The former middleweight champion of the world Michael Bisping announced his retirement from the sport of MMA today after a 12-year stint in the UFC, so with that in mind, how exactly does his career stack up against the rest?
I suppose the first question to consider is, what exactly defines a great fighter and a fine career?
I think if you ask any fan of the sport they would be hard-pressed to deny Bisping his status as a legend and a candidate for Hall of Fame honours. Well, maybe not if you’re asking Luke Rockhold, but still.
To make things easier, we’re going to look at Bisping’s career under a few different categories because, despite his years of meandering around the top-15 of the UFC’s middleweight division, when everything is collected and compiled into one picture, the end result is pretty conclusive.
At 20-9 within the UFC, he might not have had the consistency of a GSP or a Jon Jones but in those nine losses, only Chael Sonnen and Kelvin Gastelum stood amongst those who weren’t former or future UFC, PRIDE or Strikeforce champions. At 18 wins, Bisping ties Donald Cerrone and the aforementioned St-Pierre for the UFC all-time record and at 29 fights, has stepped into the octagon more times than anyone to ever do it.
Wins over Luke Rockhold, Dan Henderson, Anderson Silva, Cung Le and Jason Miller were among the highlights for the Count and while his late-career resurgence was by far his most successful period, the heads he collected over the years will continue to read well on paper long after he is gone.
It’s funny how Michael Bisping was often pointed to as the sport’s finest fighter to never receive a title shot and for a while, it seemed as though that would be the story of the Manchester-native. Always falling short at the final hurdle, against both Chael Sonnen and Dan Henderson in 185lb title-eliminators he managed to miss out on getting the nod.
Fate seemed to work in Bisping’s favour, however, and when an injury to the former-champ Chris Weidman ruled him out of his UFC 199 rematch with Luke Rockhold, he managed to pull off the unthinkable and KO the heavily-favoured champ, taking the belt and completing one of the most insane comeback careers of all-time. Sure, his one successful title-defense was against an ageing Dan Henderson but all in all, winning the belt is more than most have managed.
Points for personality cannot be understated here. Creating investment from fans who you are hoping will tune in require a bit more than saying ‘yea, the training camp was great, I feel confident I can get the win.’ Bringing home victories is all well and good but if you can endear yourself to fans it can be a route to future opportunities inside and outside of the sport.
Love him or hate him, Michael Bisping is and was one of the most vibrant and witty fighters around and despite his recent decision to hang up his gloves, has ensured that he will have a long career in the public eye with roles in movies, on the analyst desk and a spot on his popular podcast Believe You Me still very much in the pipeline.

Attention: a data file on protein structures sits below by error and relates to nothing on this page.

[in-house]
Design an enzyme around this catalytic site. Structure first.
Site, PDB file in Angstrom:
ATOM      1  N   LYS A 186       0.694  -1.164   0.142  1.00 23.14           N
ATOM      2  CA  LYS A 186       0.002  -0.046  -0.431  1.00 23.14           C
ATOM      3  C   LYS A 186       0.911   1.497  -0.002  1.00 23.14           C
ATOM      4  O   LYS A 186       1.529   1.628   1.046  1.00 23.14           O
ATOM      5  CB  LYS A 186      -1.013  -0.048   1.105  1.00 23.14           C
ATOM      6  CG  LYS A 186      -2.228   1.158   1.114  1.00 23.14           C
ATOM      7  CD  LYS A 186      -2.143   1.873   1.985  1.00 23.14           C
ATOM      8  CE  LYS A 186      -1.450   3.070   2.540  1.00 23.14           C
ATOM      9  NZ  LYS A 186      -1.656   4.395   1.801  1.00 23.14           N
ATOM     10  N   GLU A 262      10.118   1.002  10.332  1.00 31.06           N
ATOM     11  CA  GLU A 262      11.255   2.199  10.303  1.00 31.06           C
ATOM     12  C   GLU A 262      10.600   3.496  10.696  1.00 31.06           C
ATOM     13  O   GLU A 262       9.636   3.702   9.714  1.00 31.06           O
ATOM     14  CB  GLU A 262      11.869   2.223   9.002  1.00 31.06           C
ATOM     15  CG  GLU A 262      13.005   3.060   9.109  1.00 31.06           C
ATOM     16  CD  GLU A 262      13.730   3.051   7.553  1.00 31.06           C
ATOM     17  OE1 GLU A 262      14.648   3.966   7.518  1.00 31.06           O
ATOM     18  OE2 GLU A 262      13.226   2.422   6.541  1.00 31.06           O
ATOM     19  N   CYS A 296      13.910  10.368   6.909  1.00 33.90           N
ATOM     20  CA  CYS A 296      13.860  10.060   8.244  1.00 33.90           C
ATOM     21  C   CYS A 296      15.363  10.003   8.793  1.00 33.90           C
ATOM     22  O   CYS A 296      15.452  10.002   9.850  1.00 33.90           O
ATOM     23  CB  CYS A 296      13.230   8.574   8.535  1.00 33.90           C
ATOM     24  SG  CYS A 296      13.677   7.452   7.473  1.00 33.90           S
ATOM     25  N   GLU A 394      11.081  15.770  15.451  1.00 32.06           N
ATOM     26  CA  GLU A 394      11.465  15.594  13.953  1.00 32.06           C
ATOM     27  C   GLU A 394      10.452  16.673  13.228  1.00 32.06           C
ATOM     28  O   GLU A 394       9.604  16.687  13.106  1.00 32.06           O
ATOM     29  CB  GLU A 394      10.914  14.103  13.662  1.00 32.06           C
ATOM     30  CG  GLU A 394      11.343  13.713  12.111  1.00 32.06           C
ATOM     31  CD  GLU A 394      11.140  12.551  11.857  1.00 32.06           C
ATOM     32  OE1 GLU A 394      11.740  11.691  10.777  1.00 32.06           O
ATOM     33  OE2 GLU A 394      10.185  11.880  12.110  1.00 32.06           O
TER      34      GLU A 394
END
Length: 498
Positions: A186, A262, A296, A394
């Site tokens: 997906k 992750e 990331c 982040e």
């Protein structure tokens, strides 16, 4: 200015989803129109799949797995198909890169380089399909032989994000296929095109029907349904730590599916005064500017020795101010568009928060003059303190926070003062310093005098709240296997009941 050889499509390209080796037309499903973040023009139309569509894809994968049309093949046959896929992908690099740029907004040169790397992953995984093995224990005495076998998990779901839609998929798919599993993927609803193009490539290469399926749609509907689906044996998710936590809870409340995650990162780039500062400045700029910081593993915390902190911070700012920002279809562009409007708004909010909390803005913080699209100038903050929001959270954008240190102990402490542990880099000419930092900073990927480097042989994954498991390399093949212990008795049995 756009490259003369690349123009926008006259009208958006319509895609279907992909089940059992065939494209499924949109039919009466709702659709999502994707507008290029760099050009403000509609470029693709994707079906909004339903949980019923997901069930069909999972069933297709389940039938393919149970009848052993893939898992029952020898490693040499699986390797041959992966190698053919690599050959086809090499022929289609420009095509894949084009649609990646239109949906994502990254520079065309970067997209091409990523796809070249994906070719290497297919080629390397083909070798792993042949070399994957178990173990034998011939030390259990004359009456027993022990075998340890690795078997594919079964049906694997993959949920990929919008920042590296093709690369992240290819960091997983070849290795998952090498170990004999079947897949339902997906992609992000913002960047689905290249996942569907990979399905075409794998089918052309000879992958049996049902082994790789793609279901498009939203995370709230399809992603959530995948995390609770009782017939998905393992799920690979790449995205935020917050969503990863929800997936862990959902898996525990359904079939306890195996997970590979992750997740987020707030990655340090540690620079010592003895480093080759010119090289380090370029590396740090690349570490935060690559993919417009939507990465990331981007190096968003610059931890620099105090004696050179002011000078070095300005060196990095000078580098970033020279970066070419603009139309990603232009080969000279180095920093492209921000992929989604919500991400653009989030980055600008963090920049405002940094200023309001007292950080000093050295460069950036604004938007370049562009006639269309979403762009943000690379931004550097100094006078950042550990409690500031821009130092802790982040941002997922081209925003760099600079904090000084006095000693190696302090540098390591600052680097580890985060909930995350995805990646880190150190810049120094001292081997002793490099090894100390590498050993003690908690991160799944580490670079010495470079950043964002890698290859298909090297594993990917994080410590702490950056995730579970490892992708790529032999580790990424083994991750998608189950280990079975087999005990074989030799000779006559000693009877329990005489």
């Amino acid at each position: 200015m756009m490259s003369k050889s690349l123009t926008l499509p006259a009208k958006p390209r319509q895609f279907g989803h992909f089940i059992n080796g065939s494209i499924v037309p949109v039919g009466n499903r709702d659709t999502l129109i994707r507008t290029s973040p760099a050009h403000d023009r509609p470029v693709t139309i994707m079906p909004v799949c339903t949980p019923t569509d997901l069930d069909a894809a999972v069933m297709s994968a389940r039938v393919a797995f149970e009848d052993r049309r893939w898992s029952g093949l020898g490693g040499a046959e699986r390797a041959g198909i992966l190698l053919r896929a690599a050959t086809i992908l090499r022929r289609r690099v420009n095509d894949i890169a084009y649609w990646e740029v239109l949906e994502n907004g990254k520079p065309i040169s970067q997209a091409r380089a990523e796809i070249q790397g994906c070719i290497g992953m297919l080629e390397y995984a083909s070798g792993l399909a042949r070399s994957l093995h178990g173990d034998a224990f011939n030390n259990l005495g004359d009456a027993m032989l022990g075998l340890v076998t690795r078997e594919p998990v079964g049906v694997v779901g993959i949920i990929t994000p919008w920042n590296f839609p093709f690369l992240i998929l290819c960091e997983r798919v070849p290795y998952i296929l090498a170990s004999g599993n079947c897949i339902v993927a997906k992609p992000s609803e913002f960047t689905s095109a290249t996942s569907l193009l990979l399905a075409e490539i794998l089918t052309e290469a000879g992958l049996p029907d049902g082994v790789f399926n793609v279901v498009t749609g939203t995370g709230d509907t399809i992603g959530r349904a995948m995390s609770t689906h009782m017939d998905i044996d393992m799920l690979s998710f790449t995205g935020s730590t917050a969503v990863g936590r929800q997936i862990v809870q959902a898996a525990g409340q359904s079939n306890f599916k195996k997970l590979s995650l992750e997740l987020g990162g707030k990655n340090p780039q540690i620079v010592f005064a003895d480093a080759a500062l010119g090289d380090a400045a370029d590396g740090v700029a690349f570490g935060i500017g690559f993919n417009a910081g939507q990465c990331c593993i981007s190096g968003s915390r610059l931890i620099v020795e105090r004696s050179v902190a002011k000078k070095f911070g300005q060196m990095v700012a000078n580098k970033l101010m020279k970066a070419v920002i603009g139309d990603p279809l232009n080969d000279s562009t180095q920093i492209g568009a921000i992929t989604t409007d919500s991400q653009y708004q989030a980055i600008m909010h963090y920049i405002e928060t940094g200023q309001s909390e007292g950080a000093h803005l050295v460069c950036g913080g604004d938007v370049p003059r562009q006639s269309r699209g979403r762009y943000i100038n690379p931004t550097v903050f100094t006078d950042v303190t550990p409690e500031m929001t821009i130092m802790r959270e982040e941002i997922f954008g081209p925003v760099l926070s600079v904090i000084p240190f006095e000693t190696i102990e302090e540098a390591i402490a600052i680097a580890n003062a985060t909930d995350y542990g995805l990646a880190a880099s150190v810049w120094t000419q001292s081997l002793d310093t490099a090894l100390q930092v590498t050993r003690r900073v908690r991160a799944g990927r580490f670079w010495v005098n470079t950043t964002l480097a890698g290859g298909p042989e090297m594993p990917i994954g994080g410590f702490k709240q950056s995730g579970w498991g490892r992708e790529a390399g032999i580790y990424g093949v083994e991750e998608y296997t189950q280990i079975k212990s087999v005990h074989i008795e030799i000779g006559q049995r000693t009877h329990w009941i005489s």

Diego Sanchez, John Lineker, Justin Gaethje, Leonard Garcia. All fighters who never have or more-than-likely never will win a UFC belt, all things considered, but, depending on who you ask – each are as memorable as any fighter who can display fantastic technique to assure success.
Entertainment value can be as important as any win-streak, title defense or performance record and with relentless cardio, constant pressure and numerous Performance of the Night awards to show for it, Bisping always turns up to fight. As a two-time coach on the Ultimate Fighter, a legendary trash-talker and a constant voice in the MMA community, he has established himself enough outside of the octagon so that when the time comes to fight, he can remind you once again why his brash exterior comes second to his proven ability to thrill when the octagon doors close.
Here’s the thing. Bisping’s abilities as a fighter were most certainly below that of a truly elite level fighter, but in a way, that was what made his UFC 199 victory over Luke Rockhold so special. With his whole career now in focus, does Bisping compare to a José Aldo or a BJ Penn on a technical level? Absolutely not. Does he measure up to some of the other fighters who have failed to capture UFC titles over the years? To be honest, who knows!
Technical skill didn’t get Bisping to the dance and technical skill did not earn him his popularity but with that being said, discounting his 20 wins as a consequence of consistent activity and grit isn’t exactly fair either. Some fighters just have that extra gear that allows them to win and while you can easily point at holes in this stubborn Brit’s game, luck will only get you so far and to tie both GSP and Cowboy Cerrone on wins is no easy feat.
So where exactly can we place Bisping within that upper-echelon of those who try their hand in the UFC?
Well, he won’t be remembered in the same vein as the pound-for-pound greats such as the St-Pierre’s, the Silva’s, or the Aldo’s but as an icon, as a recognizable face for the sport, as a pioneer in both British and European MMA and most importantly as a testament to what you can achieve no matter how long the odds are, I think it’s fair to say that The Count is in his own category.
He defied expectation up until the very end, went out on his shield in brutal fashion and at this stage, you cannot deny him his status as a bonafide legend of mixed martial arts.
Cillian Cunningham, Pundit Arena